Thursday 2 February 2017
In a new guest blog, published on the Evidently Cochrane website, Annette shares her story of living with dysarthria after stroke. Claire Mitchell, Speech and Language Therapist, and lead author of a newly updated Cochrane Review on dysarthria research explains its findings.
This Cochrane Review was co-funded by the National Institute for Health Research (NIHR) and the Stroke Association.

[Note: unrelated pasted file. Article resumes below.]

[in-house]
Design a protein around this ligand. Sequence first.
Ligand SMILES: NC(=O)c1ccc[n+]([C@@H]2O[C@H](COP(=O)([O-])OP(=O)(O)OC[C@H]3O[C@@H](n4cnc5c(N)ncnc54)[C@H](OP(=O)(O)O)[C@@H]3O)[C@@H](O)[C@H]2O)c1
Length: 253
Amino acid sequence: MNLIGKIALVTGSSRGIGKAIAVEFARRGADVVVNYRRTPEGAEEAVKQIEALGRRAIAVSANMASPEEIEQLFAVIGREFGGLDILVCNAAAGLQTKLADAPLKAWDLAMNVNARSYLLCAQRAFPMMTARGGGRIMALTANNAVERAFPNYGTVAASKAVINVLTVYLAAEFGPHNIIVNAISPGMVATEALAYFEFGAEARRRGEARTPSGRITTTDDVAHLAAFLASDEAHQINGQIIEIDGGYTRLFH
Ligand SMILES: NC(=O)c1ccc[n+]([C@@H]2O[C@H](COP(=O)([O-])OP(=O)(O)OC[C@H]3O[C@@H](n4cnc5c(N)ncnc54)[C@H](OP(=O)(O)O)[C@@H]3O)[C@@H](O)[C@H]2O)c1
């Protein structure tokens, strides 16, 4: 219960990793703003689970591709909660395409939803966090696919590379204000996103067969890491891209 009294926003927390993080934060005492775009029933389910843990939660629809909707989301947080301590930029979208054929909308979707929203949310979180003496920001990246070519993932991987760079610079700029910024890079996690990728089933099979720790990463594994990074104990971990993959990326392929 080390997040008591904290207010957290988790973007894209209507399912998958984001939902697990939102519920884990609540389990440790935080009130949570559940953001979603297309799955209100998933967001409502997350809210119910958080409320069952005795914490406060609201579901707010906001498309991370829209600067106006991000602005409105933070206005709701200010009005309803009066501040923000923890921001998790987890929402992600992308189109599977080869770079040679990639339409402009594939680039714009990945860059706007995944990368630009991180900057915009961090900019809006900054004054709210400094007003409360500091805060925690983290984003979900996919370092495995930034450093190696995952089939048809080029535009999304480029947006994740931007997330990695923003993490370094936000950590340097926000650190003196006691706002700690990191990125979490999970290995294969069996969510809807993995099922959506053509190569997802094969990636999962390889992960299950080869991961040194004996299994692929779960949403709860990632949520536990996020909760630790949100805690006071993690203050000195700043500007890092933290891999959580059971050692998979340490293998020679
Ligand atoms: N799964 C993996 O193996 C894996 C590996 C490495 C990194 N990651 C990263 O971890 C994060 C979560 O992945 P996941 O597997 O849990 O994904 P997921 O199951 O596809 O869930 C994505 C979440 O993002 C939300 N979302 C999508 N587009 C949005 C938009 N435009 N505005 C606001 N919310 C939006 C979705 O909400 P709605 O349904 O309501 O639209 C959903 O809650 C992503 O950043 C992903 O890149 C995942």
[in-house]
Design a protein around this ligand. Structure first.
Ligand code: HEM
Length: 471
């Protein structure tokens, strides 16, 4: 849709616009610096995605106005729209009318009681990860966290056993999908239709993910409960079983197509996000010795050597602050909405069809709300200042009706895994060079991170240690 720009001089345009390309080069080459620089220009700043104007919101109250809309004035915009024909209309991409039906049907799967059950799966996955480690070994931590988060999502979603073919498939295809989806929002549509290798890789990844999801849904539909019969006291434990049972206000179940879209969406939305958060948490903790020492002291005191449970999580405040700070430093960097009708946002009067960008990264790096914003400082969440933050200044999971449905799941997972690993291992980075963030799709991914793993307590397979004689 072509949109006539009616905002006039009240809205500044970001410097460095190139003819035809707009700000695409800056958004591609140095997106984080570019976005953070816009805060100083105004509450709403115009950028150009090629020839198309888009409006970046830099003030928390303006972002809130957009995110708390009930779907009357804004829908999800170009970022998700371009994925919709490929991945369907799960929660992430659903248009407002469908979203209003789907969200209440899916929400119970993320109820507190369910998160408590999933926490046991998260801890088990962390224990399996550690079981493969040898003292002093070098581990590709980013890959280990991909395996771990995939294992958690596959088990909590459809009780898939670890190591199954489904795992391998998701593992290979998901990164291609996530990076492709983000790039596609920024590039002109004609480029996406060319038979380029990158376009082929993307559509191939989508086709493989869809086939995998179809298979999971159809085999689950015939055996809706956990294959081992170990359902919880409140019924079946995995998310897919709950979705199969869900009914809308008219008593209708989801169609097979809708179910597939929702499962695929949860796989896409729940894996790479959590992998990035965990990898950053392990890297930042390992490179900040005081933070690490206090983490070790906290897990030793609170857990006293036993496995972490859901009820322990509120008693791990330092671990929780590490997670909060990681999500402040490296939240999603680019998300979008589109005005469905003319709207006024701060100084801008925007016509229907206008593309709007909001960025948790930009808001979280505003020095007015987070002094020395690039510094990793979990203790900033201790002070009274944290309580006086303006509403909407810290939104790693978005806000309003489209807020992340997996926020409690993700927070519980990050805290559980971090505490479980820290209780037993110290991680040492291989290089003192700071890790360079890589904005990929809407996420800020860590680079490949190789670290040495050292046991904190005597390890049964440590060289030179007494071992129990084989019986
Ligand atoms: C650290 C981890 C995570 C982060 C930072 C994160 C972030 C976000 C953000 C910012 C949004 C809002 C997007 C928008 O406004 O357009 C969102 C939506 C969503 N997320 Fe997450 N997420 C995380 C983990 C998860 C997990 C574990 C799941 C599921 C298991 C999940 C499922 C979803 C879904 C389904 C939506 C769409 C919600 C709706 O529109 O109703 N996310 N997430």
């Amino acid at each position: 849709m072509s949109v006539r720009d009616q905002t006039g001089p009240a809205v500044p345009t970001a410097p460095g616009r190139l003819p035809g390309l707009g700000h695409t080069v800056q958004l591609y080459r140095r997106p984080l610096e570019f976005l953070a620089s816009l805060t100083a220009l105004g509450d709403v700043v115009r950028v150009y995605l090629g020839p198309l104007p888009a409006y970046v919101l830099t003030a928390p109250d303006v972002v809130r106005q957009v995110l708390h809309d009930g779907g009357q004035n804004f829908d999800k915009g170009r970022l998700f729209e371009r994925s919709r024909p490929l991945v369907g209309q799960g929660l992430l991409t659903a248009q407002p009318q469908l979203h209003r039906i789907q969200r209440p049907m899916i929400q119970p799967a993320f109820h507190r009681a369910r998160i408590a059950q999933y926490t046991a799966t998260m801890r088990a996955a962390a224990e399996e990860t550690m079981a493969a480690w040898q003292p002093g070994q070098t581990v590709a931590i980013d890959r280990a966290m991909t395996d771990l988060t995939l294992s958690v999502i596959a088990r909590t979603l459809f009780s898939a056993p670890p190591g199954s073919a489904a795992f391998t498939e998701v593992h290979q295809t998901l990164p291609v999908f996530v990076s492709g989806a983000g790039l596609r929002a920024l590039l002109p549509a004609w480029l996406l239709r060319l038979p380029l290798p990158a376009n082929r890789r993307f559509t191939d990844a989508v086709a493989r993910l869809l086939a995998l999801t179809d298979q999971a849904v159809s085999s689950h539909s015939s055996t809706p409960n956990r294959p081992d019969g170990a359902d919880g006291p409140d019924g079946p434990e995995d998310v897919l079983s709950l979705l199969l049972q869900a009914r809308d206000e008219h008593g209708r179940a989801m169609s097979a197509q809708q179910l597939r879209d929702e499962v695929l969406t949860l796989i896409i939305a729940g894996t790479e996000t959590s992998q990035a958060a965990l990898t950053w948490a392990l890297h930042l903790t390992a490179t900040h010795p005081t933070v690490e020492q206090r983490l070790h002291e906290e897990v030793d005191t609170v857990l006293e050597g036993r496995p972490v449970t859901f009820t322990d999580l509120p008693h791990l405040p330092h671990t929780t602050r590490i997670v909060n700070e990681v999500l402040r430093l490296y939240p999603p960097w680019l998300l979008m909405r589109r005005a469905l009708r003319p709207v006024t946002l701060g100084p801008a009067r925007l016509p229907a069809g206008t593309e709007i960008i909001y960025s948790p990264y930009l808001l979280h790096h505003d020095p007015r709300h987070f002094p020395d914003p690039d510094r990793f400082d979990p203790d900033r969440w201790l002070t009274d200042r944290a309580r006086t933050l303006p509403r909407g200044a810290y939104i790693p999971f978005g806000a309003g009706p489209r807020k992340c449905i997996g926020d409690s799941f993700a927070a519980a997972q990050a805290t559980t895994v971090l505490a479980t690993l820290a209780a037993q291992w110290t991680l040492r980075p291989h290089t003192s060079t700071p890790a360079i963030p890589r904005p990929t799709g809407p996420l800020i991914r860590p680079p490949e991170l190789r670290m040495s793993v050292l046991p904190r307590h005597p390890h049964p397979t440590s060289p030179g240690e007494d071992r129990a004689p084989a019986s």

What is dysarthria?
Dysarthria is an acquired speech disorder following stroke and other forms of neurological injury.
Dysarthria makes it harder for those affected to control their speech and be understood by others. This is due to weak, imprecise, slow and/or uncoordinated control of the muscles used for speech. The impact of dysarthria goes beyond communication and affects a person's psychological and social (psychosocial) functioning.
Video: How Claire Mitchell got involved in dysarthria research
Find out why and how speech and language therapist, Claire Mitchell, got involved in dysarthria research.